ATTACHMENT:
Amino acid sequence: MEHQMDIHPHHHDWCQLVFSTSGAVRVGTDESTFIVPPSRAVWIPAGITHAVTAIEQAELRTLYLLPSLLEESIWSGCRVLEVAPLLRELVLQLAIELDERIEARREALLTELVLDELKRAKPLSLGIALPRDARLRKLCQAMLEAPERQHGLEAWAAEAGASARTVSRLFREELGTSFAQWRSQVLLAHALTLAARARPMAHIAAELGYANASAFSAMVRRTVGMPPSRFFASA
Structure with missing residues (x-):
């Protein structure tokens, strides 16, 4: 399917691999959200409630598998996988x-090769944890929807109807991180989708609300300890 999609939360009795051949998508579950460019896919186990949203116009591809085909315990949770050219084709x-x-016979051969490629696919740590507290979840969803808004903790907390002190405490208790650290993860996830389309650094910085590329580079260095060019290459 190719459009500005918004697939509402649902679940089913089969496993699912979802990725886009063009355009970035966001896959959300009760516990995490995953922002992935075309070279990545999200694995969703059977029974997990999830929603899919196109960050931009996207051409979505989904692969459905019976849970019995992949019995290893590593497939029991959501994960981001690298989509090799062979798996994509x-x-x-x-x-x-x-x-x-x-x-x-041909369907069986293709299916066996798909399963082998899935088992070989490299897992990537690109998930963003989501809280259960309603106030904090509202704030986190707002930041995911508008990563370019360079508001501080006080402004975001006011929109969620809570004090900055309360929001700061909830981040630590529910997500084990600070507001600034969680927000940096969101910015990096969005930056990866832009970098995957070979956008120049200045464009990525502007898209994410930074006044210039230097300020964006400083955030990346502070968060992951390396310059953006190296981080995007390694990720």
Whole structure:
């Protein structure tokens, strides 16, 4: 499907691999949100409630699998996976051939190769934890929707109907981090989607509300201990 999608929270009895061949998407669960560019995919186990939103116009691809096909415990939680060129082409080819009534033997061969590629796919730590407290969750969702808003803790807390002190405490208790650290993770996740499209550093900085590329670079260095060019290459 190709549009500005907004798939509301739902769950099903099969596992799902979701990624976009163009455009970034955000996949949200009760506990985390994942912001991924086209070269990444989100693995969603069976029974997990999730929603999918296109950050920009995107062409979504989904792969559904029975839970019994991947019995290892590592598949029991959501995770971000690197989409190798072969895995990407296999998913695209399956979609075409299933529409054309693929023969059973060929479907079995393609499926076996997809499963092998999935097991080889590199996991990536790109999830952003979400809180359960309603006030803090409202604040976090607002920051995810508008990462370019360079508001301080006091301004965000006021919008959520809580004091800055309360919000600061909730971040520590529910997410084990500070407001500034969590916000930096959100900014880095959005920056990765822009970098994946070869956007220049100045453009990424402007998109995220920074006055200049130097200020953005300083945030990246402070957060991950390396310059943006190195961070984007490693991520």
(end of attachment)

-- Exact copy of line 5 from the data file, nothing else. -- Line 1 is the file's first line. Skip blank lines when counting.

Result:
């Protein structure tokens, strides 16, 4: 499907691999949100409630699998996976051939190769934890929707109907981090989607509300201990 999608929270009895061949998407669960560019995919186990939103116009691809096909415990939680060129082409080819009534033997061969590629796919730590407290969750969702808003803790807390002190405490208790650290993770996740499209550093900085590329670079260095060019290459 190709549009500005907004798939509301739902769950099903099969596992799902979701990624976009163009455009970034955000996949949200009760506990985390994942912001991924086209070269990444989100693995969603069976029974997990999730929603999918296109950050920009995107062409979504989904792969559904029975839970019994991947019995290892590592598949029991959501995770971000690197989409190798072969895995990407296999998913695209399956979609075409299933529409054309693929023969059973060929479907079995393609499926076996997809499963092998999935097991080889590199996991990536790109999830952003979400809180359960309603006030803090409202604040976090607002920051995810508008990462370019360079508001301080006091301004965000006021919008959520809580004091800055309360919000600061909730971040520590529910997410084990500070407001500034969590916000930096959100900014880095959005920056990765822009970098994946070869956007220049100045453009990424402007998109995220920074006055200049130097200020953005300083945030990246402070957060991950390396310059943006190195961070984007490693991520």